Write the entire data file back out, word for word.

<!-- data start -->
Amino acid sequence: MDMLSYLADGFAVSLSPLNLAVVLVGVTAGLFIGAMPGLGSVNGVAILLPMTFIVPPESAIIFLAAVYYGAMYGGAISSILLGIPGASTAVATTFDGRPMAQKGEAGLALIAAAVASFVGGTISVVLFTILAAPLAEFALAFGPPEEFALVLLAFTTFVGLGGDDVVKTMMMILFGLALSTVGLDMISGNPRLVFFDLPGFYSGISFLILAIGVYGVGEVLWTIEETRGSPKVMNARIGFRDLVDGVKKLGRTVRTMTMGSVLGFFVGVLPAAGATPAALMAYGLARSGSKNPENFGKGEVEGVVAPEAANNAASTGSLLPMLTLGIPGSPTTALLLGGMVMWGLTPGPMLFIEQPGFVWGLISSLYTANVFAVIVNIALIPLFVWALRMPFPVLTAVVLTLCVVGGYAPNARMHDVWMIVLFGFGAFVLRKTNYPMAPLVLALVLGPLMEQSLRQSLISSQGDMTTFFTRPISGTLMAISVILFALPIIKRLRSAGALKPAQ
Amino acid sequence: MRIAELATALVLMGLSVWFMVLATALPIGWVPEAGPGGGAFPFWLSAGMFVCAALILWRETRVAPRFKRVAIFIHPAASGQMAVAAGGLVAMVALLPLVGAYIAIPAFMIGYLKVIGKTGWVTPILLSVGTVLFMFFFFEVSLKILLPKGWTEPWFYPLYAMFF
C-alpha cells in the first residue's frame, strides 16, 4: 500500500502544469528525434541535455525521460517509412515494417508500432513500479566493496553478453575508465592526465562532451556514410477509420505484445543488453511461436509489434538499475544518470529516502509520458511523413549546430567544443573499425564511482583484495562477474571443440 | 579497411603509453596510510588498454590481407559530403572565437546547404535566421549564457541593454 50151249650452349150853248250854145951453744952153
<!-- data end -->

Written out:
Amino acid sequence: MDMLSYLADGFAVSLSPLNLAVVLVGVTAGLFIGAMPGLGSVNGVAILLPMTFIVPPESAIIFLAAVYYGAMYGGAISSILLGIPGASTAVATTFDGRPMAQKGEAGLALIAAAVASFVGGTISVVLFTILAAPLAEFALAFGPPEEFALVLLAFTTFVGLGGDDVVKTMMMILFGLALSTVGLDMISGNPRLVFFDLPGFYSGISFLILAIGVYGVGEVLWTIEETRGSPKVMNARIGFRDLVDGVKKLGRTVRTMTMGSVLGFFVGVLPAAGATPAALMAYGLARSGSKNPENFGKGEVEGVVAPEAANNAASTGSLLPMLTLGIPGSPTTALLLGGMVMWGLTPGPMLFIEQPGFVWGLISSLYTANVFAVIVNIALIPLFVWALRMPFPVLTAVVLTLCVVGGYAPNARMHDVWMIVLFGFGAFVLRKTNYPMAPLVLALVLGPLMEQSLRQSLISSQGDMTTFFTRPISGTLMAISVILFALPIIKRLRSAGALKPAQ
Amino acid sequence: MRIAELATALVLMGLSVWFMVLATALPIGWVPEAGPGGGAFPFWLSAGMFVCAALILWRETRVAPRFKRVAIFIHPAASGQMAVAAGGLVAMVALLPLVGAYIAIPAFMIGYLKVIGKTGWVTPILLSVGTVLFMFFFFEVSLKILLPKGWTEPWFYPLYAMFF
C-alpha cells in the first residue's frame, strides 16, 4: 500500500502544469528525434541535455525521460517509412515494417508500432513500479566493496553478453575508465592526465562532451556514410477509420505484445543488453511461436509489434538499475544518470529516502509520458511523413549546430567544443573499425564511482583484495562477474571443440 | 579497411603509453596510510588498454590481407559530403572565437546547404535566421549564457541593454 50151249650452349150853248250854145951453744952153